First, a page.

The Ten Commandments (1923) Director: Cecil B. DeMille
The Ten Commandments is an impressive epic film for the 1920s, similar in scope to D.W. Griffith’s Intolerance.
The first part of the film (the “prologue”) tells the famous story from the book of Exodus, in which Moses is called to lead the Hebrew people out of slavery in Egypt and establish the Hebrew law on the ‘ten commandments’ delivered in the desert. The laws are described as the “fundamental law’ by which human organizations must be based. The scenes of the desert outside Egypt were shot near Pismo Beach on the Guadalupe Dunes in southern San Luis Obispo and northern Santa Barbara Counties in California. Some of the huge sphinx-like heads and other sculptures were left out on the dunes, and have been buried over time, but have resurfaced from time to time, particularly in the late 2010s.
Part two jumps to the present-day. Two brothers are taught to fear god by their Orthodox mother, but one goes on to become a corrupt, money-obsessed atheist, while the other becomes a humble carpenter -one goes downhill and winds up dead in a complicated scheme for money, the other teaches of the redemption of Christ.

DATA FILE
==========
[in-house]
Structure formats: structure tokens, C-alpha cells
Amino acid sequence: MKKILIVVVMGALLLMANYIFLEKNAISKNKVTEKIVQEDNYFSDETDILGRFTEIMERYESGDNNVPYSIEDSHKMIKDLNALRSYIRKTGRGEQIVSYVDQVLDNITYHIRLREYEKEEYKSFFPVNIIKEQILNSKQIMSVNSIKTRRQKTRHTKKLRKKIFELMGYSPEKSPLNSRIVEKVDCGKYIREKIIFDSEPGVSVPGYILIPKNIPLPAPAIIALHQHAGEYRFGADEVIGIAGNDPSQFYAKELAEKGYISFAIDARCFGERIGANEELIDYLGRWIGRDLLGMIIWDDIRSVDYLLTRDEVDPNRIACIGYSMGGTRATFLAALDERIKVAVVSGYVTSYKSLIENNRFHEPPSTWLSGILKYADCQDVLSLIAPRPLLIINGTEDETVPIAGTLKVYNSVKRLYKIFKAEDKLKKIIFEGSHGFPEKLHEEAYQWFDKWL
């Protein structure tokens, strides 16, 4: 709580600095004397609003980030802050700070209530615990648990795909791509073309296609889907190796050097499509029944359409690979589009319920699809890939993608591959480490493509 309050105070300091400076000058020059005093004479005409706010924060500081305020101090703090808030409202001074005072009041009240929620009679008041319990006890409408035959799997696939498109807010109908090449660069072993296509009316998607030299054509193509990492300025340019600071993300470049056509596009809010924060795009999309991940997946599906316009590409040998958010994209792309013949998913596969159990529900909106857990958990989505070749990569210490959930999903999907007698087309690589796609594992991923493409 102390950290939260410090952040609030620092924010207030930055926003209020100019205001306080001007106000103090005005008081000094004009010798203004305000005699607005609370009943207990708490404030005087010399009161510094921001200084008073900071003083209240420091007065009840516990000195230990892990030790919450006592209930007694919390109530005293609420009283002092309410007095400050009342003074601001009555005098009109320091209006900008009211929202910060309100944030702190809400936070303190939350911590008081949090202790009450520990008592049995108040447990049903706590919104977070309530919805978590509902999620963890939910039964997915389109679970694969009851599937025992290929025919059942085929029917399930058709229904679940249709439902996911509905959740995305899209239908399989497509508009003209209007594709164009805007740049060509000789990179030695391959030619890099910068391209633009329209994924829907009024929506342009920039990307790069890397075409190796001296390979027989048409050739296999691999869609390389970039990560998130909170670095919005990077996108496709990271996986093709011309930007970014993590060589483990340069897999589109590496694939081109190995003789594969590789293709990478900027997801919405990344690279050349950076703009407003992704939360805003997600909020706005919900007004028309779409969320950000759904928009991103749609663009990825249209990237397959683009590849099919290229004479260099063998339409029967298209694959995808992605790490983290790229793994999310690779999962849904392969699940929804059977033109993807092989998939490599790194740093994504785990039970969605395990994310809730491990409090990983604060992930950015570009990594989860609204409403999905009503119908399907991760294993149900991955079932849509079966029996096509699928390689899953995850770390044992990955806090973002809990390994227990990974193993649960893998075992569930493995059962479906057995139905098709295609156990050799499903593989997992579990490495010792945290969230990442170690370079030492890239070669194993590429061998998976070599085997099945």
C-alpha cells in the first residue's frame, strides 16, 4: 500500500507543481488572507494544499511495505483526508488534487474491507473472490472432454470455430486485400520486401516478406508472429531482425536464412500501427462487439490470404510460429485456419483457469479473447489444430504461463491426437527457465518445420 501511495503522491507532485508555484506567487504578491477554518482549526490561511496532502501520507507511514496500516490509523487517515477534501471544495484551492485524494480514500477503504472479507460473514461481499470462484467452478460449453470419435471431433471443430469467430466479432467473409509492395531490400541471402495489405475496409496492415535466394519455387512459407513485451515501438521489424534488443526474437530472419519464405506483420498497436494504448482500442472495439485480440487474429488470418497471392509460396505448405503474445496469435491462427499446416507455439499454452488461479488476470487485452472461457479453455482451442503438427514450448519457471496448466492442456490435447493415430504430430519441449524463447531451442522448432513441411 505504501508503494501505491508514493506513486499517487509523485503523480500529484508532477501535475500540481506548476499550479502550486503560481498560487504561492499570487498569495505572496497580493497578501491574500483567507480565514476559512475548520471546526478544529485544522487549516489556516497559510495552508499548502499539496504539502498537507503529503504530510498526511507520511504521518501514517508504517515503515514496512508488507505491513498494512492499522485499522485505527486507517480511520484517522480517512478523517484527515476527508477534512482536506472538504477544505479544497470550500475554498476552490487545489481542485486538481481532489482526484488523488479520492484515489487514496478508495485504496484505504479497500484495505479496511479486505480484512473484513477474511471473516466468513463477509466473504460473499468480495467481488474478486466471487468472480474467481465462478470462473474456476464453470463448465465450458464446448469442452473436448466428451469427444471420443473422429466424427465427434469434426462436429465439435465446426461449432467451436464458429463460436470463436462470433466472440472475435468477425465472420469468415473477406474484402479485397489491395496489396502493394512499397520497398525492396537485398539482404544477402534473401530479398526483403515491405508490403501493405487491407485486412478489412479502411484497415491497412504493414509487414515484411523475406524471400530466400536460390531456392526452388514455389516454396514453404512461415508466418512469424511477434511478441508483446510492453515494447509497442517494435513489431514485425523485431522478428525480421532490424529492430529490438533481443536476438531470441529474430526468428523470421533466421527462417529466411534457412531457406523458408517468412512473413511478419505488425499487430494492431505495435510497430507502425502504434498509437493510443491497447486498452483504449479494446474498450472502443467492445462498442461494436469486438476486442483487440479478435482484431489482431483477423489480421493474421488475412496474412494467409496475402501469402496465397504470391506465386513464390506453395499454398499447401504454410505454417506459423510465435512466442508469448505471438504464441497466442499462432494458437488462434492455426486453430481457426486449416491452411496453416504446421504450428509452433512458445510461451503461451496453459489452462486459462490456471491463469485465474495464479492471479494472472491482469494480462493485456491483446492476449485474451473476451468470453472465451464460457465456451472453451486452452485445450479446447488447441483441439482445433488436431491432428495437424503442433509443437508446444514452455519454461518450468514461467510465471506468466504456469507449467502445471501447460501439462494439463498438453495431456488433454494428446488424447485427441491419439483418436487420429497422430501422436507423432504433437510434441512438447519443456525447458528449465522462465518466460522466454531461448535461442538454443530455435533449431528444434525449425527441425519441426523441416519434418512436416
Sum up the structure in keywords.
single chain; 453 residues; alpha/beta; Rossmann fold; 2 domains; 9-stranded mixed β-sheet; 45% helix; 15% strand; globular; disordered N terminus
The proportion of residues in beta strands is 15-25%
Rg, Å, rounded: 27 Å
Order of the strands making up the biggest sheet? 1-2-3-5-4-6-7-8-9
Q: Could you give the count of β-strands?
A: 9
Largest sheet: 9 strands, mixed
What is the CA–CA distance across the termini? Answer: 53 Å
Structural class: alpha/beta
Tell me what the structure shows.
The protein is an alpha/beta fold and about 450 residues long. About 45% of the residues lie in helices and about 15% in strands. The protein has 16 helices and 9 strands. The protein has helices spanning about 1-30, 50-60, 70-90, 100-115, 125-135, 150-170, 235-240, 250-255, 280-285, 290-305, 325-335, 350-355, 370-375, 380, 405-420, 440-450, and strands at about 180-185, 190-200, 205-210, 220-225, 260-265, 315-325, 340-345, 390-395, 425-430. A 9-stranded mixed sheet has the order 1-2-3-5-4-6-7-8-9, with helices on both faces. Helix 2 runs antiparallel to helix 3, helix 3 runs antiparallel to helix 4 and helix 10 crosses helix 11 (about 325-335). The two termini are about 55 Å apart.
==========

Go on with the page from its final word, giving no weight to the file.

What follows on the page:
The idea for the film came from a submission-based program to suggest the next big idea for a film to Cecil B. DeMille. In 1956, DeMille remade the film into the superior re-telling solely of the Exodus story. Several of the scenes in the original feature an early version of technicolor cinematography. DeMille described the film as the first part in a triad of films, followed by King of Kings in 1927 and then The Sign of the Cross in 1932.
The film is an impressive technical achievement -a joy to watch as an artifact from the early days of Hollywood.